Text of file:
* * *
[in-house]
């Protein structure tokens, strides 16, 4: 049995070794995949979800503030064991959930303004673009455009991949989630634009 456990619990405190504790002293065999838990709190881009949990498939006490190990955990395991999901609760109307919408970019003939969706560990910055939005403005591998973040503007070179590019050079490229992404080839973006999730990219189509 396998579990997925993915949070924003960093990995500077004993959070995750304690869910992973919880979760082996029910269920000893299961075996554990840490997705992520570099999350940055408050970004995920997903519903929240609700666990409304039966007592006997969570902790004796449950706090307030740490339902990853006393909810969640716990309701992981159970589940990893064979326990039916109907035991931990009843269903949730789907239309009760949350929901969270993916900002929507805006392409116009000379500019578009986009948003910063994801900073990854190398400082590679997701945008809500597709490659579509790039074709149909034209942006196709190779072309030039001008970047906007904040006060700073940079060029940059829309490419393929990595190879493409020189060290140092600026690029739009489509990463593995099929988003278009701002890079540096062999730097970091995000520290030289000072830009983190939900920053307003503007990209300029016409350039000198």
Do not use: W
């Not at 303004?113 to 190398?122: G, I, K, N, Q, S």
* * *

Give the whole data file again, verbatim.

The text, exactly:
[in-house]
């Protein structure tokens, strides 16, 4: 049995070794995949979800503030064991959930303004673009455009991949989630634009 456990619990405190504790002293065999838990709190881009949990498939006490190990955990395991999901609760109307919408970019003939969706560990910055939005403005591998973040503007070179590019050079490229992404080839973006999730990219189509 396998579990997925993915949070924003960093990995500077004993959070995750304690869910992973919880979760082996029910269920000893299961075996554990840490997705992520570099999350940055408050970004995920997903519903929240609700666990409304039966007592006997969570902790004796449950706090307030740490339902990853006393909810969640716990309701992981159970589940990893064979326990039916109907035991931990009843269903949730789907239309009760949350929901969270993916900002929507805006392409116009000379500019578009986009948003910063994801900073990854190398400082590679997701945008809500597709490659579509790039074709149909034209942006196709190779072309030039001008970047906007904040006060700073940079060029940059829309490419393929990595190879493409020189060290140092600026690029739009489509990463593995099929988003278009701002890079540096062999730097970091995000520290030289000072830009983190939900920053307003503007990209300029016409350039000198």
Do not use: W
């Not at 303004?113 to 190398?122: G, I, K, N, Q, S």